NASA Is Launching a $23 Million Dollar Toilet to Space This Week
You never think about the everyday things that astronauts have to do on the International Space Station (ISS) — including basic, human functions like, say, going to the bathroom.
According to Space.com, NASA is hoping to improve bathroom technology on future missions by sending a brand new, $23 million toilet system to the ISS. Going to the bathroom has been a tricky situation in space for a long time, to the point that NASA launched a crowdsourcing campaign to look for new toilet designs back in June.
Beyond the price, the new toilet system, known as the Universal Waste Management System (UWMS), is made from titanium and is also 65 percent smaller and 40 percent lighter than the current toilets on the ISS, Space.com reported, which is very important since inside space is very limited on board. The new system is considered an improvement on the current one on the station.
“The toilet was designed for exploration and it builds on previous spaceflight toilet design,” said NASA Advanced Exploration Systems Logistics Reduction project manager Melissa McKinley in a statement. “The big key to the exploration piece of the design is looking to optimize mass volume and power usage, which are all very important components of a spacecraft design.”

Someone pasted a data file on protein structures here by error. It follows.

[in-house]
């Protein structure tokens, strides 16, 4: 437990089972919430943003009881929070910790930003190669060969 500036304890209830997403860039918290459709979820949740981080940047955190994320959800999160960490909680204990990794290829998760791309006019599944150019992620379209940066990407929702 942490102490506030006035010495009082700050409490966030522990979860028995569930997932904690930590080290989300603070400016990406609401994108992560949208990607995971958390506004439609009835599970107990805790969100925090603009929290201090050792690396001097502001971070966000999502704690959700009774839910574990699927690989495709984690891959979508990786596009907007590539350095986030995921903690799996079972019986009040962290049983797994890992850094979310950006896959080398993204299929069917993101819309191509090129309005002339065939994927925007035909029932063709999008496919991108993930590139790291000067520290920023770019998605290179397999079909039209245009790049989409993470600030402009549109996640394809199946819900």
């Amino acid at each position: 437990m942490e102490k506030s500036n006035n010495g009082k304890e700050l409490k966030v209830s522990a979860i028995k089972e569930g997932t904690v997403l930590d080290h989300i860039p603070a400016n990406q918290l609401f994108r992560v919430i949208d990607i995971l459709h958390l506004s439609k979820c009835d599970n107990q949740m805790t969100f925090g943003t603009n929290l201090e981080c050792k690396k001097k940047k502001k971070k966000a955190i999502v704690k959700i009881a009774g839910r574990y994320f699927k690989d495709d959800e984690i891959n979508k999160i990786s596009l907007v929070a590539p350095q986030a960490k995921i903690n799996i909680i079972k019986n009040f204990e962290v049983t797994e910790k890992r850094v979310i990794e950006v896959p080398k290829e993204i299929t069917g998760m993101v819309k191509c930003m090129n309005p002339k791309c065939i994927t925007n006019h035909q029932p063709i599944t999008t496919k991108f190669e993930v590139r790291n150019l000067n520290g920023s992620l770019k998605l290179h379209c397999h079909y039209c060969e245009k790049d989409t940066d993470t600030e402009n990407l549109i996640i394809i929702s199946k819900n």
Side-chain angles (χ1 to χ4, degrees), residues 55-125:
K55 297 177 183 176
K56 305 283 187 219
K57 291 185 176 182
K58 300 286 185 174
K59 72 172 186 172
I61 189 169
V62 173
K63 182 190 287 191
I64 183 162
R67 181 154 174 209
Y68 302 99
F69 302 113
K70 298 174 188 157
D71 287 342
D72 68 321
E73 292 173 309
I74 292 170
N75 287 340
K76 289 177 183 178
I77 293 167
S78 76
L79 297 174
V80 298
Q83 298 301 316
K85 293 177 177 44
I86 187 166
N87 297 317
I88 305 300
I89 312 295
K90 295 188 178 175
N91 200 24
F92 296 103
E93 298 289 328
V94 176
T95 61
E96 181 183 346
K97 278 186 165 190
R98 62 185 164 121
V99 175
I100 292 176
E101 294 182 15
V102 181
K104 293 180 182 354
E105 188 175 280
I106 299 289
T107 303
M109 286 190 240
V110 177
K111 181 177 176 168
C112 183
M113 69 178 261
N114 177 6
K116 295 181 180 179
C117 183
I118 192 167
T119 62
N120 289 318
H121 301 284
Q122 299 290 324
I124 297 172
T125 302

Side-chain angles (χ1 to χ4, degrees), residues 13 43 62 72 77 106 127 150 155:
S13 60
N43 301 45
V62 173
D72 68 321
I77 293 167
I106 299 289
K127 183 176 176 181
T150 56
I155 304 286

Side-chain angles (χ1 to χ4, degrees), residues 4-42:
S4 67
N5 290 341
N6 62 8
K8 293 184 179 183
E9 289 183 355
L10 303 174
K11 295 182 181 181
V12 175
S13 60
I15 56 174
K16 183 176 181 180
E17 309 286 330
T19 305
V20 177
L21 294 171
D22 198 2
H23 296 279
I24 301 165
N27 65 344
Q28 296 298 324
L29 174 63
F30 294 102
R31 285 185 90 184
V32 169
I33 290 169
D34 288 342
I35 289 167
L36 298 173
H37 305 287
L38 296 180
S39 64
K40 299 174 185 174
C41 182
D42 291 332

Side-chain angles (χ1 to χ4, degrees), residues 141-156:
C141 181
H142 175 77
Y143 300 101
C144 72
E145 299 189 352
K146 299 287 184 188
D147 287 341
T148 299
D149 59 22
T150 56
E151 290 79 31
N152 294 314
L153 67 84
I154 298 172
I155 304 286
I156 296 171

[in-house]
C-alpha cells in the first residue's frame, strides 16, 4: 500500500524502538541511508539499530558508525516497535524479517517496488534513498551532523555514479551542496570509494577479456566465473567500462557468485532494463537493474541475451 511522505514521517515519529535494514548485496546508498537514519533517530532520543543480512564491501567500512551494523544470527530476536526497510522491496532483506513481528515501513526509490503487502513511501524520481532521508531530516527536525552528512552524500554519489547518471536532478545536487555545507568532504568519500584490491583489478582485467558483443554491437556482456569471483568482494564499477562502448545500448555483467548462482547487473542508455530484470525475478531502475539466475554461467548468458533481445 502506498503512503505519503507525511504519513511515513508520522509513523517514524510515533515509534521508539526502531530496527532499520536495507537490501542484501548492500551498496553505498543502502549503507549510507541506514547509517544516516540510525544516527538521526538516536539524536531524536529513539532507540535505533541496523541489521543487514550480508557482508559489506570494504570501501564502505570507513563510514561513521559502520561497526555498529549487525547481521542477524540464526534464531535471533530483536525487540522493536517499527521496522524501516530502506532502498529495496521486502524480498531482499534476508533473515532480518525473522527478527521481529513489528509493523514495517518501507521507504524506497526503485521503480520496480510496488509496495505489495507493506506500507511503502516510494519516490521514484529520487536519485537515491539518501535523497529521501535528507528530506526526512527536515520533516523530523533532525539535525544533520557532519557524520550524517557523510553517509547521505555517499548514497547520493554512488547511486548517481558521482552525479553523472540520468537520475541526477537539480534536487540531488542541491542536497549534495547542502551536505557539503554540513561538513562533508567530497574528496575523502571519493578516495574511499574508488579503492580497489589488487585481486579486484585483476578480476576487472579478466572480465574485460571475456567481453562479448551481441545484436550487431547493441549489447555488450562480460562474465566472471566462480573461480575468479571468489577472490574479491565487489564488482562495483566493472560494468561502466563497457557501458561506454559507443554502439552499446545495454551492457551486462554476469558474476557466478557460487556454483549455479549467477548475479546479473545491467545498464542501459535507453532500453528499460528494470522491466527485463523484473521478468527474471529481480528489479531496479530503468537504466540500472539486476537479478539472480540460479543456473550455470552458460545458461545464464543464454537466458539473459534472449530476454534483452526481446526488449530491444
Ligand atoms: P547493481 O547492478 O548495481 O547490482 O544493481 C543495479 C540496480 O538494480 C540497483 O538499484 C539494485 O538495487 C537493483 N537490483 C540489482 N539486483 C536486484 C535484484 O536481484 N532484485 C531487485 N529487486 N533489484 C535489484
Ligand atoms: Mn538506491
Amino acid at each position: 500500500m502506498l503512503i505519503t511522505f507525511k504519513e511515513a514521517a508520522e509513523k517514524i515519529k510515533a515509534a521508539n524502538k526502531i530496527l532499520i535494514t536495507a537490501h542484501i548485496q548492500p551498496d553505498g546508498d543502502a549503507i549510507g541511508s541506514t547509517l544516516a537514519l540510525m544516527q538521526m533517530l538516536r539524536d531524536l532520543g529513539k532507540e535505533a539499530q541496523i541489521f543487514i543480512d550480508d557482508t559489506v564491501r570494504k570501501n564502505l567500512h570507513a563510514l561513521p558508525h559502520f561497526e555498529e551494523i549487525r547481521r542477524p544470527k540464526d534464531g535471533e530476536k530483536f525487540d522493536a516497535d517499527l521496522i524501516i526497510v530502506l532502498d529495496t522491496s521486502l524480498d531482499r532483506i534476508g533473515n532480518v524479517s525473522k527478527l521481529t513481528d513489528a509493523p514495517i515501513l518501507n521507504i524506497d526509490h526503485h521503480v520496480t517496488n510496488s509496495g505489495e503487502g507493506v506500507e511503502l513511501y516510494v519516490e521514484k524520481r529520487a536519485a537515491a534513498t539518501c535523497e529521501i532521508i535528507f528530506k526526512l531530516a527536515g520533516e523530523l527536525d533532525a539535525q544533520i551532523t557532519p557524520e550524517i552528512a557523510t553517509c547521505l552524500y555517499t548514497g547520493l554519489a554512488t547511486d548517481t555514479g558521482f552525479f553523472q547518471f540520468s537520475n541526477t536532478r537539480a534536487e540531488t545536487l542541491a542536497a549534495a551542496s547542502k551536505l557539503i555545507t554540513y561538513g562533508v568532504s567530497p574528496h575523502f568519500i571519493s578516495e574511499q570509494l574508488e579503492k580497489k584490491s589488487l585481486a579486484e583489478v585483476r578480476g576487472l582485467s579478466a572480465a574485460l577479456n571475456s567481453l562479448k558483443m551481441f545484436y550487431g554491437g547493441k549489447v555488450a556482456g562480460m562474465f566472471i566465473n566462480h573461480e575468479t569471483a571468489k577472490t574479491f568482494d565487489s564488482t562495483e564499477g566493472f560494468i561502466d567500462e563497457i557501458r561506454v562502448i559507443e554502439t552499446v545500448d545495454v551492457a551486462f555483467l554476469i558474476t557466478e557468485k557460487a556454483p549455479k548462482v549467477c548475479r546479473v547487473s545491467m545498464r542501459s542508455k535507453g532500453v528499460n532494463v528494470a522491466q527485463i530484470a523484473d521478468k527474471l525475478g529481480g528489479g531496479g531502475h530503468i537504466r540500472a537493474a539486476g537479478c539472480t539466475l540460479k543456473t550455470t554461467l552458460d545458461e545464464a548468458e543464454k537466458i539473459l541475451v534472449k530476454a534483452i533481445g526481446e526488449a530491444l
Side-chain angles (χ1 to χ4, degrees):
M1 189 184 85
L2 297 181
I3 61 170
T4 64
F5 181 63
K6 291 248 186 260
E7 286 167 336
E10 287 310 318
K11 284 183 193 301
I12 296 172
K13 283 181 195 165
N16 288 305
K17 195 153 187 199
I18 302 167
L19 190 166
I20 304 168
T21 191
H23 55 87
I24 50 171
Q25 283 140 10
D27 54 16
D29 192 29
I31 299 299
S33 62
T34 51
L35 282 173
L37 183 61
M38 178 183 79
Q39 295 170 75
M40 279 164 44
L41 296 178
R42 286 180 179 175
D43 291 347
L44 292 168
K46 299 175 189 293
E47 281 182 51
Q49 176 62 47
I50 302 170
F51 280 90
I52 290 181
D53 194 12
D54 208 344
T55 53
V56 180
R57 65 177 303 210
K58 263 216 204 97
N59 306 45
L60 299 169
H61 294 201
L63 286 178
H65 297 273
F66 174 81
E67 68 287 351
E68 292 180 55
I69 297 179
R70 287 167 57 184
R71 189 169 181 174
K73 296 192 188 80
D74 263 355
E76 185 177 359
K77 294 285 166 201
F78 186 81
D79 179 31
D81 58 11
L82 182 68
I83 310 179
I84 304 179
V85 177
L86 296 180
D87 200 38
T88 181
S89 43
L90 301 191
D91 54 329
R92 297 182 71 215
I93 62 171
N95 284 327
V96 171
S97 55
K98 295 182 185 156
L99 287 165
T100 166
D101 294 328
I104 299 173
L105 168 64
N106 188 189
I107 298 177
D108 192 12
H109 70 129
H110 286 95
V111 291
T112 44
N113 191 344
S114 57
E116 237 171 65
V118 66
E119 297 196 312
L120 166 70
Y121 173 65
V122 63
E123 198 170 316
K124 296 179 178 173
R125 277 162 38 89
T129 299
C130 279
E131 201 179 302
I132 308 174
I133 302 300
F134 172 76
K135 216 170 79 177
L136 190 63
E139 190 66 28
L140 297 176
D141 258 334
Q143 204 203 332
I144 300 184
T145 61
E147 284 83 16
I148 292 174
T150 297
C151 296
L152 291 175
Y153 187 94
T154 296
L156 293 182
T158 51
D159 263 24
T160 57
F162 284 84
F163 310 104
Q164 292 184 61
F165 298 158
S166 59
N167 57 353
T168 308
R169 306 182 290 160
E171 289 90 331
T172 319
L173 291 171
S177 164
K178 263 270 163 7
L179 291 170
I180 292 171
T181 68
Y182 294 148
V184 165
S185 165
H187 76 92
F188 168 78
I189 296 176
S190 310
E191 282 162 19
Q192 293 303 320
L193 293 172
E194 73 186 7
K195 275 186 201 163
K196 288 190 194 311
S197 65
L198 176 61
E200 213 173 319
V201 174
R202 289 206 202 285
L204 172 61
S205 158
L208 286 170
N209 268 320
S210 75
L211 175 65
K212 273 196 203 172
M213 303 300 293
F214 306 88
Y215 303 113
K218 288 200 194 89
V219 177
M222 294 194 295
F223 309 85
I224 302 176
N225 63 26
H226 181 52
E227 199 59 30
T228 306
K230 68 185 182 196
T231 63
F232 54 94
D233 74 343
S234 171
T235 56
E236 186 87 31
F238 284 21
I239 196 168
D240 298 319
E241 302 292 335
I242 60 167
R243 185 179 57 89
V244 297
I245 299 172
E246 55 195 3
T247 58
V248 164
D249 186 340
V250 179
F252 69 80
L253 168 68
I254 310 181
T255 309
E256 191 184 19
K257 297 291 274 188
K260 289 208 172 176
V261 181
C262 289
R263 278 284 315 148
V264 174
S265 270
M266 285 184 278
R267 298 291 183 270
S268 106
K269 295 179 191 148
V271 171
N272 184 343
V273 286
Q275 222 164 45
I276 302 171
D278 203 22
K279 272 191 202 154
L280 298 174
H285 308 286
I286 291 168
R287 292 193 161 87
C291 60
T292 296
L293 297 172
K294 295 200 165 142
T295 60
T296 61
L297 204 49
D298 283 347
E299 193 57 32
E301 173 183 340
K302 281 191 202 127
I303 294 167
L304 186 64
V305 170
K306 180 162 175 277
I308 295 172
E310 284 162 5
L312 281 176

This new design will be particularly considered for future missions to Mars or the moon, Space.com reported. Once the toilet reaches the ISS, astronauts will test how the toilet works in the unique environment on the station. It will be installed alongside the current waste system in Node 3. Astronauts get all kinds of products sent to them for testing in space, including a space-friendly oven and cookie dough.
In addition, the toilet includes a urine funnel and seat that is designed with female crew members in mind, Space.com reported. It’s especially critical for future missions, considering that NASA intends to put the first woman on the moon by 2024.
The toilet will be sent to the station via the Northrop Grumman Cygnus cargo capsule on Sept. 29, as part of a resupply mission, according to Space.com.